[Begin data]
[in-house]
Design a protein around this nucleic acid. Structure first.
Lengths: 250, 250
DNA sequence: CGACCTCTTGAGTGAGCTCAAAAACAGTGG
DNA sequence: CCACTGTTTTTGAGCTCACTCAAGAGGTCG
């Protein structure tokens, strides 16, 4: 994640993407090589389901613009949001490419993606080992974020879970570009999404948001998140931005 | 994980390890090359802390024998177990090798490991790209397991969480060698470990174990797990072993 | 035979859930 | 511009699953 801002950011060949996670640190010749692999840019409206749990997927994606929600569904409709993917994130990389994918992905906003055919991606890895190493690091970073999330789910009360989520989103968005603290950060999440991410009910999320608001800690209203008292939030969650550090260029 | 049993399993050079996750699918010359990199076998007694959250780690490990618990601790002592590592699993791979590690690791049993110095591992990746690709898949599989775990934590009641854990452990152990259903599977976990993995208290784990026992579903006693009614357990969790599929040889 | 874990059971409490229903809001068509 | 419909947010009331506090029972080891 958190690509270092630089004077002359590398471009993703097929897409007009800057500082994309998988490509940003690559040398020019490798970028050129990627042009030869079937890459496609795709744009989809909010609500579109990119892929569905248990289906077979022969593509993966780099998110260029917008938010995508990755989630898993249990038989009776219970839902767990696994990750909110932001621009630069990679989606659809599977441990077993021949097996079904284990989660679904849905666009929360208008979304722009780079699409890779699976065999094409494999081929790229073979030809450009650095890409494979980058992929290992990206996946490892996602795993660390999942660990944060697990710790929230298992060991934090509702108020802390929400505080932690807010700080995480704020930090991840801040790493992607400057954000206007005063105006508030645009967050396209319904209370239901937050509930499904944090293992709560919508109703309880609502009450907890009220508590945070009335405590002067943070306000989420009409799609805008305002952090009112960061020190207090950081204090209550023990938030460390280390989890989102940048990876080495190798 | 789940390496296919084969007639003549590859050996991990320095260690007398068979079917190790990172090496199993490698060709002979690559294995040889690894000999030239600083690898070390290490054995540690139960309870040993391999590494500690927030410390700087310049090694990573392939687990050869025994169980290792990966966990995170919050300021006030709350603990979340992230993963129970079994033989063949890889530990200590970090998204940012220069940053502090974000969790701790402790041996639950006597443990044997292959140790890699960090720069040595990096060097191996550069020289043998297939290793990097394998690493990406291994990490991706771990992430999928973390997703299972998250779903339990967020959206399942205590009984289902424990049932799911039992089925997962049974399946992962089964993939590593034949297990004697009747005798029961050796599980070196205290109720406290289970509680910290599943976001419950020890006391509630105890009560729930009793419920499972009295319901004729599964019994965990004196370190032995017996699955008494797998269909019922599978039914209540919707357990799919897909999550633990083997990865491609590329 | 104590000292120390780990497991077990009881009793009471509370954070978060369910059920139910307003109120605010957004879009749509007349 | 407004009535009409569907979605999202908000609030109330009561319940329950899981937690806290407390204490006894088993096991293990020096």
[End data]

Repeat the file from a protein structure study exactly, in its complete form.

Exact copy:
[in-house]
Design a protein around this nucleic acid. Structure first.
Lengths: 250, 250
DNA sequence: CGACCTCTTGAGTGAGCTCAAAAACAGTGG
DNA sequence: CCACTGTTTTTGAGCTCACTCAAGAGGTCG
């Protein structure tokens, strides 16, 4: 994640993407090589389901613009949001490419993606080992974020879970570009999404948001998140931005 | 994980390890090359802390024998177990090798490991790209397991969480060698470990174990797990072993 | 035979859930 | 511009699953 801002950011060949996670640190010749692999840019409206749990997927994606929600569904409709993917994130990389994918992905906003055919991606890895190493690091970073999330789910009360989520989103968005603290950060999440991410009910999320608001800690209203008292939030969650550090260029 | 049993399993050079996750699918010359990199076998007694959250780690490990618990601790002592590592699993791979590690690791049993110095591992990746690709898949599989775990934590009641854990452990152990259903599977976990993995208290784990026992579903006693009614357990969790599929040889 | 874990059971409490229903809001068509 | 419909947010009331506090029972080891 958190690509270092630089004077002359590398471009993703097929897409007009800057500082994309998988490509940003690559040398020019490798970028050129990627042009030869079937890459496609795709744009989809909010609500579109990119892929569905248990289906077979022969593509993966780099998110260029917008938010995508990755989630898993249990038989009776219970839902767990696994990750909110932001621009630069990679989606659809599977441990077993021949097996079904284990989660679904849905666009929360208008979304722009780079699409890779699976065999094409494999081929790229073979030809450009650095890409494979980058992929290992990206996946490892996602795993660390999942660990944060697990710790929230298992060991934090509702108020802390929400505080932690807010700080995480704020930090991840801040790493992607400057954000206007005063105006508030645009967050396209319904209370239901937050509930499904944090293992709560919508109703309880609502009450907890009220508590945070009335405590002067943070306000989420009409799609805008305002952090009112960061020190207090950081204090209550023990938030460390280390989890989102940048990876080495190798 | 789940390496296919084969007639003549590859050996991990320095260690007398068979079917190790990172090496199993490698060709002979690559294995040889690894000999030239600083690898070390290490054995540690139960309870040993391999590494500690927030410390700087310049090694990573392939687990050869025994169980290792990966966990995170919050300021006030709350603990979340992230993963129970079994033989063949890889530990200590970090998204940012220069940053502090974000969790701790402790041996639950006597443990044997292959140790890699960090720069040595990096060097191996550069020289043998297939290793990097394998690493990406291994990490991706771990992430999928973390997703299972998250779903339990967020959206399942205590009984289902424990049932799911039992089925997962049974399946992962089964993939590593034949297990004697009747005798029961050796599980070196205290109720406290289970509680910290599943976001419950020890006391509630105890009560729930009793419920499972009295319901004729599964019994965990004196370190032995017996699955008494797998269909019922599978039914209540919707357990799919897909999550633990083997990865491609590329 | 104590000292120390780990497991077990009881009793009471509370954070978060369910059920139910307003109120605010957004879009749509007349 | 407004009535009409569907979605999202908000609030109330009561319940329950899981937690806290407390204490006894088993096991293990020096």